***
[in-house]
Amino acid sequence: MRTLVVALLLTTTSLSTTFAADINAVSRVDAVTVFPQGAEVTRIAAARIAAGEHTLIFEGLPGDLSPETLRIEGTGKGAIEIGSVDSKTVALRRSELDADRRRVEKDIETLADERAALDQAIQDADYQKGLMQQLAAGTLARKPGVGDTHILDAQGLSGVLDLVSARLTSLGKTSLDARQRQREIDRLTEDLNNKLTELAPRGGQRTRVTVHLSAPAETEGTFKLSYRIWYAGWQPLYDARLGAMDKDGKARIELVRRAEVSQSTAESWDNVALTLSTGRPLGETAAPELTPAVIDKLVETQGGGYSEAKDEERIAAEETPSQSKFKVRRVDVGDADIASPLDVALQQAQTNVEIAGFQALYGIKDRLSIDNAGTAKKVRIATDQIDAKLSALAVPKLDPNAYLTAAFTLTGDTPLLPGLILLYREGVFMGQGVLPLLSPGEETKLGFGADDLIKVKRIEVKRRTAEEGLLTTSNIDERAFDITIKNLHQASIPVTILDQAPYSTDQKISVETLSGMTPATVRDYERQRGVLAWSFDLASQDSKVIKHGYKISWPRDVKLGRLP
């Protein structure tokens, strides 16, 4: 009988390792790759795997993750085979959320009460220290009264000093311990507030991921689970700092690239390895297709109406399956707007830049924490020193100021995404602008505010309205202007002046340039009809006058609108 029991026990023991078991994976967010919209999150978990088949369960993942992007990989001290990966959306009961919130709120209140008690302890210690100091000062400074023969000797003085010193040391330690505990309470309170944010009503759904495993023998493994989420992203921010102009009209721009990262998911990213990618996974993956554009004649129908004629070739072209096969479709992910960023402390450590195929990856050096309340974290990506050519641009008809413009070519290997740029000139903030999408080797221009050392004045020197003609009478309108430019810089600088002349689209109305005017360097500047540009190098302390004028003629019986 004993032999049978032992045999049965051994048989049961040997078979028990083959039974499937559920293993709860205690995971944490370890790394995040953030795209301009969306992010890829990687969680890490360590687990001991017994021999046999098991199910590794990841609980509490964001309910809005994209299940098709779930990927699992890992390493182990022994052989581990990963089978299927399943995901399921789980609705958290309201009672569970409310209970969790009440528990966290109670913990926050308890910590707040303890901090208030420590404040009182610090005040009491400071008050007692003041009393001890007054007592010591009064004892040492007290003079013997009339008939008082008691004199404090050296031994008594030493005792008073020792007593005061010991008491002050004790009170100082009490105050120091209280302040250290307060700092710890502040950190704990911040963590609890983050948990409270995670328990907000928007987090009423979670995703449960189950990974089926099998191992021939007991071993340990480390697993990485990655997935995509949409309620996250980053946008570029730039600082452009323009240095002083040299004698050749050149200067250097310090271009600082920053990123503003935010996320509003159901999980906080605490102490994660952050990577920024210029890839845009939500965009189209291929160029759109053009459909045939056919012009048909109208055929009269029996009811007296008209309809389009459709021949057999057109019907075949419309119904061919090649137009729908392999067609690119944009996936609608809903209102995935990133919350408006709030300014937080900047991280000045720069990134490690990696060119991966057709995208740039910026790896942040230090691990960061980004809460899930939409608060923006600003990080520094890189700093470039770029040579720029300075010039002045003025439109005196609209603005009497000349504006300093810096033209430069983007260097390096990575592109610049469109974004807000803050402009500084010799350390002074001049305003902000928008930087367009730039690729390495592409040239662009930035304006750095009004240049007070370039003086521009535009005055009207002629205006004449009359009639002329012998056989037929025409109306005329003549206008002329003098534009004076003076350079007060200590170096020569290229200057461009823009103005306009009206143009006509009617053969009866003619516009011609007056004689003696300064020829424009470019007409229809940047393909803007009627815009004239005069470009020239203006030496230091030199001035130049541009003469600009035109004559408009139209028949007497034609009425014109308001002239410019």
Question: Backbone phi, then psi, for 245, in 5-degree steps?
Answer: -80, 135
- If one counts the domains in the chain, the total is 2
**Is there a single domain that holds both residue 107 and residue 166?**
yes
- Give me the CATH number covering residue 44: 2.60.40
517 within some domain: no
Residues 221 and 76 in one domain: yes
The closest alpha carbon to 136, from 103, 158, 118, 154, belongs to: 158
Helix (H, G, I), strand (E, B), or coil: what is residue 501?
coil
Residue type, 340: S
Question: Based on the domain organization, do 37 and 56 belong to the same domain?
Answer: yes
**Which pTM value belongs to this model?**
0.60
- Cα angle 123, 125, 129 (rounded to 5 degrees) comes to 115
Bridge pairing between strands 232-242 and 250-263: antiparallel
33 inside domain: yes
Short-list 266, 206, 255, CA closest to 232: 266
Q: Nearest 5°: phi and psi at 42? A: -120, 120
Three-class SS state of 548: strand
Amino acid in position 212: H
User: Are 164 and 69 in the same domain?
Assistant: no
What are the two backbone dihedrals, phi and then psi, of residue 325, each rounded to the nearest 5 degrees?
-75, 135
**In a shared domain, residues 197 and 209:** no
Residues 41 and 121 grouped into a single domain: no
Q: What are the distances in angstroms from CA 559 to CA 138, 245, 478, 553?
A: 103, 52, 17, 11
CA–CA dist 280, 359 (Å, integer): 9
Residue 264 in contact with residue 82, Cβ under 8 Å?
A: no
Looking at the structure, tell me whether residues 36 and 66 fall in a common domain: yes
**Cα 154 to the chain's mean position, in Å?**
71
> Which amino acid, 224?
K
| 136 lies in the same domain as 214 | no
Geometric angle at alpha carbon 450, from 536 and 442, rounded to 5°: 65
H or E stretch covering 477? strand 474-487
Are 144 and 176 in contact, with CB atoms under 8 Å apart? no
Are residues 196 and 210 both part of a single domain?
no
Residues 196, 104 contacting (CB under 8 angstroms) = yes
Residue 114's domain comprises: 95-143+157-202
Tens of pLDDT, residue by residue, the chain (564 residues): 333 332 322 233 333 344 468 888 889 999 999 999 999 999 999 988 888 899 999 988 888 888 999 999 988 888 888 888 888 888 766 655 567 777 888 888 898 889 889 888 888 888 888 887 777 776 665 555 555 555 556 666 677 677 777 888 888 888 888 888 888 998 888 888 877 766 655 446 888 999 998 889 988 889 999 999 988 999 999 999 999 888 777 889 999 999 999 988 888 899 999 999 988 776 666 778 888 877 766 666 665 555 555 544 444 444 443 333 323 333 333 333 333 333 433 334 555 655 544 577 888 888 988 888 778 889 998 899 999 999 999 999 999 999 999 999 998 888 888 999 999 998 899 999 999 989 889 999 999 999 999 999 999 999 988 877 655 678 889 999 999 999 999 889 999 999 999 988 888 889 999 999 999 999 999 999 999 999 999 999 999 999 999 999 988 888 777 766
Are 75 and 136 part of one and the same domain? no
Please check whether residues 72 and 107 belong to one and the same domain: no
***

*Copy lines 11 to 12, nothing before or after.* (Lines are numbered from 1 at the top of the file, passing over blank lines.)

Residues 221 and 76 in one domain: yes
The closest alpha carbon to 136, from 103, 158, 118, 154, belongs to: 158